When she was 27 years old, in the midst of pursuing her career as a professional cyclist, Christine became pregnant, forcing her to put cycling on hold. But this lifestyle change did not bother her. As she explained in a lengthy Instagram post on August 9, 2020, "I felt beautifully magical throughout my pregnancy and deeply embraced the live-giving purpose of my body's changes."

Still, Christine faced mental challenges with her body image, especially when she volunteered herself for a pregnancy photoshoot. "When I arrived [at the shoot], I saw the walls lined with images of slim and svelte pregnant dancers," she wrote in the Instagram post. "I withered inside. I said, 'My photos won't quite turn out like that,' pointing to the folds around my ribs and the thickness of my hips."

Thankfully, the photographer knew exactly what to say to boost Christine's confidence. "I cannot recall his exact sentences," Christine said, "but here are the gems that he gave me: The human body is amazing and fascinating and beautiful in its fluidity, [and] all body forms and shapes tell a story."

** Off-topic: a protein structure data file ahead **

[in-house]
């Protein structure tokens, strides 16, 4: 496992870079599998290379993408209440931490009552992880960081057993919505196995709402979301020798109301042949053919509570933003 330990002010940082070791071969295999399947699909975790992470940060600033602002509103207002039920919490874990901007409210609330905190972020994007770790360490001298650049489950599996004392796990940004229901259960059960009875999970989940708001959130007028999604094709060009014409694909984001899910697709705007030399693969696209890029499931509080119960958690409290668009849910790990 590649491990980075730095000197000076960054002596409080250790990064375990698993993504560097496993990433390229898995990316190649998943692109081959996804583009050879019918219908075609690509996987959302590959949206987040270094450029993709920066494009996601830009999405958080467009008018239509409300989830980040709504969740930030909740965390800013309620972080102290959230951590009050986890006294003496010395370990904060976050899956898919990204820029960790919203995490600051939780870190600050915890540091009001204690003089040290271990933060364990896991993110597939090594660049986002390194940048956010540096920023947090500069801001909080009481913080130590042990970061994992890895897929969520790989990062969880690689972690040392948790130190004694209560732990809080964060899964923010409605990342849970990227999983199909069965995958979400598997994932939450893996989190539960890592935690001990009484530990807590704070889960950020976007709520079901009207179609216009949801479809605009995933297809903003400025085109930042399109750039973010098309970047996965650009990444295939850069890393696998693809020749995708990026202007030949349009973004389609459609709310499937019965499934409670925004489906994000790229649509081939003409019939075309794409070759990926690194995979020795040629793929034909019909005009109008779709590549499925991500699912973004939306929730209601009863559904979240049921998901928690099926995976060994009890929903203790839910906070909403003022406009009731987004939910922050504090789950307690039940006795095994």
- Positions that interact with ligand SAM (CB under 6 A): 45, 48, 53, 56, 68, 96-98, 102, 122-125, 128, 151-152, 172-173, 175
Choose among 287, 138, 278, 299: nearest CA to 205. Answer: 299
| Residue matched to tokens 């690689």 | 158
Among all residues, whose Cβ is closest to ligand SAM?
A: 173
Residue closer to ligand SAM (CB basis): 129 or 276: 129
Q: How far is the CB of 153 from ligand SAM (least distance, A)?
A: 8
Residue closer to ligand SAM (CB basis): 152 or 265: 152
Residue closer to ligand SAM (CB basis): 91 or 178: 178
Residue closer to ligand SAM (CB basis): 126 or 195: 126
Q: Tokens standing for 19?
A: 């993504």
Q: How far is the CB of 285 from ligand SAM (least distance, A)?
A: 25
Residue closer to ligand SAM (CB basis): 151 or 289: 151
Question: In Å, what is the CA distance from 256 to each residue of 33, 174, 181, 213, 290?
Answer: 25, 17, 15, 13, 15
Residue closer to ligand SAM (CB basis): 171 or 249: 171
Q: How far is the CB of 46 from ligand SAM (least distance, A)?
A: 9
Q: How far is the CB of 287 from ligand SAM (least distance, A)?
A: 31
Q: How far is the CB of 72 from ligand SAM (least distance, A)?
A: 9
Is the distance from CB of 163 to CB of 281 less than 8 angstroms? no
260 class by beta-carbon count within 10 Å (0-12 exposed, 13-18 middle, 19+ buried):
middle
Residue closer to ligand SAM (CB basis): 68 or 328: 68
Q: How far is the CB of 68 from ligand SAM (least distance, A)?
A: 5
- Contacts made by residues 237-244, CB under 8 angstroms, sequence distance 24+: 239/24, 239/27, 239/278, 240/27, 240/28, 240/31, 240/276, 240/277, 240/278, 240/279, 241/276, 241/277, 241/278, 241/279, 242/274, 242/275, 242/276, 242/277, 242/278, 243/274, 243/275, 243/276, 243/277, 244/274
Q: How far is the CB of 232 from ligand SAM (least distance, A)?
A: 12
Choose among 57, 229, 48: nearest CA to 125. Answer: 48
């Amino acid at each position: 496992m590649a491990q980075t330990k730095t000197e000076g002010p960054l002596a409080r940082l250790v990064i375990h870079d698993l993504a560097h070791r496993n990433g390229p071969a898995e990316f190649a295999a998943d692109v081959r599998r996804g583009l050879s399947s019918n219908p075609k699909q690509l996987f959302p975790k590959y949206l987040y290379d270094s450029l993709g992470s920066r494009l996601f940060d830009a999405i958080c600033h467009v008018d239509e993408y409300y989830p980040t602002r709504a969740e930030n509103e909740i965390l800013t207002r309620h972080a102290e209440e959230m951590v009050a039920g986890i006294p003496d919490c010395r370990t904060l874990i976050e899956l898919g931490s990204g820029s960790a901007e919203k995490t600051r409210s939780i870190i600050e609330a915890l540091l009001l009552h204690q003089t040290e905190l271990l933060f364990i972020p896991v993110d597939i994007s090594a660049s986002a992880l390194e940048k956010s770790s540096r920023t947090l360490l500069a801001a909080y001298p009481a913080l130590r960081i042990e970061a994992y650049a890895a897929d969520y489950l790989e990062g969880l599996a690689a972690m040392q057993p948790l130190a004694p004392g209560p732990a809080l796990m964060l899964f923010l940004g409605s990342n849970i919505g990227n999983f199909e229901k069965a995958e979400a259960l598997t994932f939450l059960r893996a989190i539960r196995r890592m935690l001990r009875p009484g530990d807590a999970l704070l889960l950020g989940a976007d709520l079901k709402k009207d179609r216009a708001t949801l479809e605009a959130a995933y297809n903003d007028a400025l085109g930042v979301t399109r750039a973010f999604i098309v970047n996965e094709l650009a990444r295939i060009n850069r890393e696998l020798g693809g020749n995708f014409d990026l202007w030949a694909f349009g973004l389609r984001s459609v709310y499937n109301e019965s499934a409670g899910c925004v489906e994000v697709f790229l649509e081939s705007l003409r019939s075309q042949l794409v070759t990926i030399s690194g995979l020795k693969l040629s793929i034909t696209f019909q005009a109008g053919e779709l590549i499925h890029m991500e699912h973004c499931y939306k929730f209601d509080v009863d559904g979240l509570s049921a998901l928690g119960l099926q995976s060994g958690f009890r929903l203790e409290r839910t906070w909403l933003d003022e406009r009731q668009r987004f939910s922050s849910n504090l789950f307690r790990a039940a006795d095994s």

The photoshoot did wonders for Christine's self-esteem. As she revealed, "This was one of the most healing and empowering experiences I've had in my life."

Christine loves cats

Christine has loved cats ever since she was a young girl. On January 22, 2021, she posted a throwback photo of herself in 1994, holding one of her childhood kitties, Chaplin. "I was obsessed with Robert Downey Jr. in the film Chaplin," she explained in the post, "and this kitty had that mustache and a white C on his back." 

Then, Christine confessed that Chaplin had a strange obsession of his own. "This cat was obsessed with OB tampons," she said. "He would steal them from the bathroom, kick them and bat them and kill them, then bring them to me and drop them on my pillow. I'd throw it and he would fetch it back. DOG-CAT."

It seems that Christine loves any excuse to write about cats. Last year, she celebrated International Cat Day by posting an Instagram photo of her three present-day felines: Penelope, Mancat, and Pigeon. "They are weird, fresh, naughty, and utterly adorable ridiculous animals and we love them deeply," she wrote.